...Perhaps... we will find that those countries which are economic powerhouses are also those which have educated their way to a 'high skills' equilibrium... In the new economy, highly educated people don't just produce more themselves but create an environment in which everyone is more productive. This would mean that their education spills over to everyone's general benefit: The whole is more than the sum of the parts.
Of course, if you look at somewhere special like Silicon Valley, something on these lines is certainly happening: the energy, ideas and creativity generated by a critical mass of very clever and skilled people are greater than if you scattered that group evenly across the United States.Alison Wolf, Does Education Matter
Some argue that William Shockley and "The Traitorous Eight" is the birthplace of Silicon Valley. One of the eight was Gordon Moore, Founder of Intel and The Gordon and Betty Moore Foundation. This foundation invests in projects that will benefit future generations. "So many people are saying "me, me, me" and Moore is so unassuming, so humble. He says "We don't need publicity, we're not looking for publicity, we're looking for projects to fund." It's so different from the people I knew in politics" Frank Jordan, Moore Foundation Leader and former Police Chief & Mayor of San Francisco These are great examples from Silicon Valley, but what would you think if I said we have exactly the same people and conditions right here in Scotland! Want to see the "Somewhere Special" that Wolf discusses above? Then get yourself to Glasgow's Museum of Transport and see the environment in which everyone benefited through Robert Napier's efforts achieved... and the "number of people he took with him!"
Or take a trip to Dundee and see the environment they have achieved... These same "special conditions" are right here in Scotland. I've no idea what involvement any politicians had to make the conditions at Dundee happen, my hat goes off to any individual politican who facilitated these conditions. But let's be clear that, at best, this is all the politicians did... facilitated favourable conditions. Silicon Valley was the result of Professor Terman's vision. Glasgow ship building was the same; "Napier's reputation was almost single-handedly responsible for the success of this massive [Cunard] undertaking. (NB This is a classic example of Dave Kerpens: Show your Friendship first)Napier's role in fostering talent continued and the majority of shipyards and marine engineering factories on the River Clyde were established by his former employees... There arose on the Clyde a tight-knit community of engineers and builders with a pioneering spirit and a progressive risk-taking attitude towards the business... Gradually the Clyde began to succeed the Thames as the major shipbuilding river in Britain." The History of Clyde Shipbuilding Anyone spot the similarity here with Silicon Valley? COLLABORATION! IT MATTERS! Dundee will be the same, it will be down to a handful of people whether at Abertay University and/or business people who were involved with some hard graft as opposed to the popularity contest that is politics... it will be the visionaries (who probably put up with some horrendous conditions) to create a great ecosystem. Here's to the Crazy Ones...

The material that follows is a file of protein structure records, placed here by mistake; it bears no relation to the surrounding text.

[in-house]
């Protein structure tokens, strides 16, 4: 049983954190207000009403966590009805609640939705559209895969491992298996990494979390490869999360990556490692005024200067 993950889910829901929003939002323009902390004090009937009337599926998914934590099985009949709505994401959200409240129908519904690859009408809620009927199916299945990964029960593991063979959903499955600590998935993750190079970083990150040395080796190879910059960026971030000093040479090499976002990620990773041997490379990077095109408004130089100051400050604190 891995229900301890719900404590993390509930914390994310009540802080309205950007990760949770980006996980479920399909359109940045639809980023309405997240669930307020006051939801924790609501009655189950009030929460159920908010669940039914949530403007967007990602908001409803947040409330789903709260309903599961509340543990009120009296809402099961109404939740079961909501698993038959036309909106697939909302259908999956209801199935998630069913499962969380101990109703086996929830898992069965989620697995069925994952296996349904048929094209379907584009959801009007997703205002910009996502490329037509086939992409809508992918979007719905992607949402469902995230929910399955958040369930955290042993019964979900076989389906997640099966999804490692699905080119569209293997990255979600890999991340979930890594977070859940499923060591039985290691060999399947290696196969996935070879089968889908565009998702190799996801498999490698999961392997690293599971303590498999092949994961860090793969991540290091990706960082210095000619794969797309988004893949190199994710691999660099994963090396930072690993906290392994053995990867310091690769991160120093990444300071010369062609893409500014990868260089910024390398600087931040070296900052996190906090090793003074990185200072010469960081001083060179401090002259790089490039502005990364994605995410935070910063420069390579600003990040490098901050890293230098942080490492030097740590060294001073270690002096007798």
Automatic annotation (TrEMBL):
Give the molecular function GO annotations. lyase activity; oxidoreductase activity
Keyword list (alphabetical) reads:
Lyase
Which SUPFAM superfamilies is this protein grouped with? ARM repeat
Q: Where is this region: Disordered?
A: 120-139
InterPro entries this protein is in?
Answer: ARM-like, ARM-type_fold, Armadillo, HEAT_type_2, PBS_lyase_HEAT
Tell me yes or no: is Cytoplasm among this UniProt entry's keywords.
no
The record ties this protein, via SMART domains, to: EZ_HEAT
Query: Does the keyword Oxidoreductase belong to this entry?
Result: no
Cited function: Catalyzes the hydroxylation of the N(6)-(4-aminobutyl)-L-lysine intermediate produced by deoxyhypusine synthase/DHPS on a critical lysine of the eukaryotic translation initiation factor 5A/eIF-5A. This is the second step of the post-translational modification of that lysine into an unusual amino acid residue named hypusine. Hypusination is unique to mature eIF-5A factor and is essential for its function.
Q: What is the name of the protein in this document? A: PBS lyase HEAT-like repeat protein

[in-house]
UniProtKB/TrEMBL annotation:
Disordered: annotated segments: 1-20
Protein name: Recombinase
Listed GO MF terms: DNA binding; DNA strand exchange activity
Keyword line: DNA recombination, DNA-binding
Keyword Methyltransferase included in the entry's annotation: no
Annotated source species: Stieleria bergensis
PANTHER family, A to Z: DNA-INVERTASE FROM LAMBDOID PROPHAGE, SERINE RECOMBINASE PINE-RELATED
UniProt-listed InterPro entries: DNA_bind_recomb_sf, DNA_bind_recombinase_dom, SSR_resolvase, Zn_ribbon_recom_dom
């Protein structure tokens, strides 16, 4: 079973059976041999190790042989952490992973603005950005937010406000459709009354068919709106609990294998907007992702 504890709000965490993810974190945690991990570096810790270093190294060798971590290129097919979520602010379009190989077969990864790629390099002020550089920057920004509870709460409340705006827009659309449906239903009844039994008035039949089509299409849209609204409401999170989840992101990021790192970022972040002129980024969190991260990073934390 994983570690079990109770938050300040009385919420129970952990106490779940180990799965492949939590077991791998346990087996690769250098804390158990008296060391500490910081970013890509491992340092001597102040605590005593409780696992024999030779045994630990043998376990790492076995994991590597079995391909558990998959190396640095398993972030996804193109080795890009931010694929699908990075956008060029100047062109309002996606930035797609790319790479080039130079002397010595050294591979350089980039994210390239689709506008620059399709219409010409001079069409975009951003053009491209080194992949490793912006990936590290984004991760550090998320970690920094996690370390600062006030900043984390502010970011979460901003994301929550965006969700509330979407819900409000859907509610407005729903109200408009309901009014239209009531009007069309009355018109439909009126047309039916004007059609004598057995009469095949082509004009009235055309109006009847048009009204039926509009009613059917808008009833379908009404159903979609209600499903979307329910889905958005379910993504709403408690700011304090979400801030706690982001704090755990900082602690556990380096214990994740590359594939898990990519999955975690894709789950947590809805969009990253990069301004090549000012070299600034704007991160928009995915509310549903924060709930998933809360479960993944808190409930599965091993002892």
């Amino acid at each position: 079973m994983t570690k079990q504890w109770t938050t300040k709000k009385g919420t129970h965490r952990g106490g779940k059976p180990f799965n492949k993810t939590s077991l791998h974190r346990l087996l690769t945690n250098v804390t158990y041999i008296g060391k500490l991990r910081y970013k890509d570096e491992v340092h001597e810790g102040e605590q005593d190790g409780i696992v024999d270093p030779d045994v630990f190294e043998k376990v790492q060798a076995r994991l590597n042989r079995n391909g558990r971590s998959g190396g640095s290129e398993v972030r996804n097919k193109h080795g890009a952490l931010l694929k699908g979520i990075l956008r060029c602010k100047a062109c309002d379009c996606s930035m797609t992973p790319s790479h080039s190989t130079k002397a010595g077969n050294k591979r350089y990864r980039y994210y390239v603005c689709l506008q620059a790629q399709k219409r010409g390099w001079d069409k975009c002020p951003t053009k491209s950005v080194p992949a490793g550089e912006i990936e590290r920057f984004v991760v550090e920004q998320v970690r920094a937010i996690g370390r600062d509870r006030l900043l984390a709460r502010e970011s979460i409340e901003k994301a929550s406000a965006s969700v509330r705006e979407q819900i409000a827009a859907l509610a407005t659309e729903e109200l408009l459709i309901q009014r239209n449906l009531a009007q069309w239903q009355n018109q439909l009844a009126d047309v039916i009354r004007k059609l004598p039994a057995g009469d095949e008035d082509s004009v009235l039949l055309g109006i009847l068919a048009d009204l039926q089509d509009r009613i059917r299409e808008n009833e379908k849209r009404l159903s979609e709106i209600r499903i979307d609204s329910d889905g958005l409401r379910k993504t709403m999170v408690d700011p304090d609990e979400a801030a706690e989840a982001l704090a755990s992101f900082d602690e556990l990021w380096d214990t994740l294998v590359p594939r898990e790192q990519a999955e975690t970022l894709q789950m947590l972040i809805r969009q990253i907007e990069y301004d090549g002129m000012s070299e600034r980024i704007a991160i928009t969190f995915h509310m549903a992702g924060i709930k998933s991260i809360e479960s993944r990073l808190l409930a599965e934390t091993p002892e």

So I argue that the vision (and struggles) of people like Steve Jobs, Larry Page, Sergey Brin, Mark Zuckerberg, Howard Schultz and Scotlands very own Robert Owen,Robert Napier and Jim McColl... have achieved more than our politicians... and that what they've achieved has "Spilled over to everyone's advantage"
Oh and if you think that Educators don't have the ability to innovate when the culture is right check out what Fred Terman, Mike Feinberg, Dave Levin, Kim Ki-Hoon and Jack Ma have achieved since leaving the state education system. Equally, join any one of the 300+ (out of hours) EdChats and you'll see educators have plenty of ideas for innovation, but some may not the best culture to implement their ideas during their 9-5 work day.
I have only provided a handful of examples in this post but hope that I've put a convincing argument forward in the Politicians Vs Business people with the right vision and culture. My own experience has led me to believe that little is going to change in UK state education, so have shifted my focus to the US and other areas of education who are more receptive to my ideas.
I am a fan of some charter schools like KIPP, I am aware of (and even agree with) some of the criticisms of KIPP, but you can't deny the culture and results achieved. However, I am not a fan of all charter schools. Neither do I agree with the UK government's love affair with and/or the rate that they are rolling out the academy model. However, I am a big fan of Jim McColl's new Junior College and this Businessman's Vision for Non Academic Pupils.
I have no doubt that Mr McColl will continue along the same lines that Robert Napier did both with Fergusons shipyard and with this "junior college" and that, just like Napier did, he'll take others with him.
How many boats will Jim McColl help rise at Fergusons and in Newlands?
Obviously we don't all have the business acumen of Jim McColl so we can't all open our own college, but can we all lend a hand to contribute to the "Just Society" that the Vote yes politicians were promising? I say yes we can! And will be suggesting how in my next post. In the mean time 2 years ago I made the following offer in my Culture in Edu post; "Kipp if you ever come to the UK...get in touch!, anyone looking to replicate Kipp in the UK...get in touch! Sutton Trust happy to chat over coffee…I’d be happy to help organisations like this in any way that I can"
So, Mr McColl and Mr White if I can do anything to help Newlands Junior College in any way please, please don't hesitate to get in touch. I will certainly be in touch to detail some ways that I might be able to assist the college and this exciting new education model.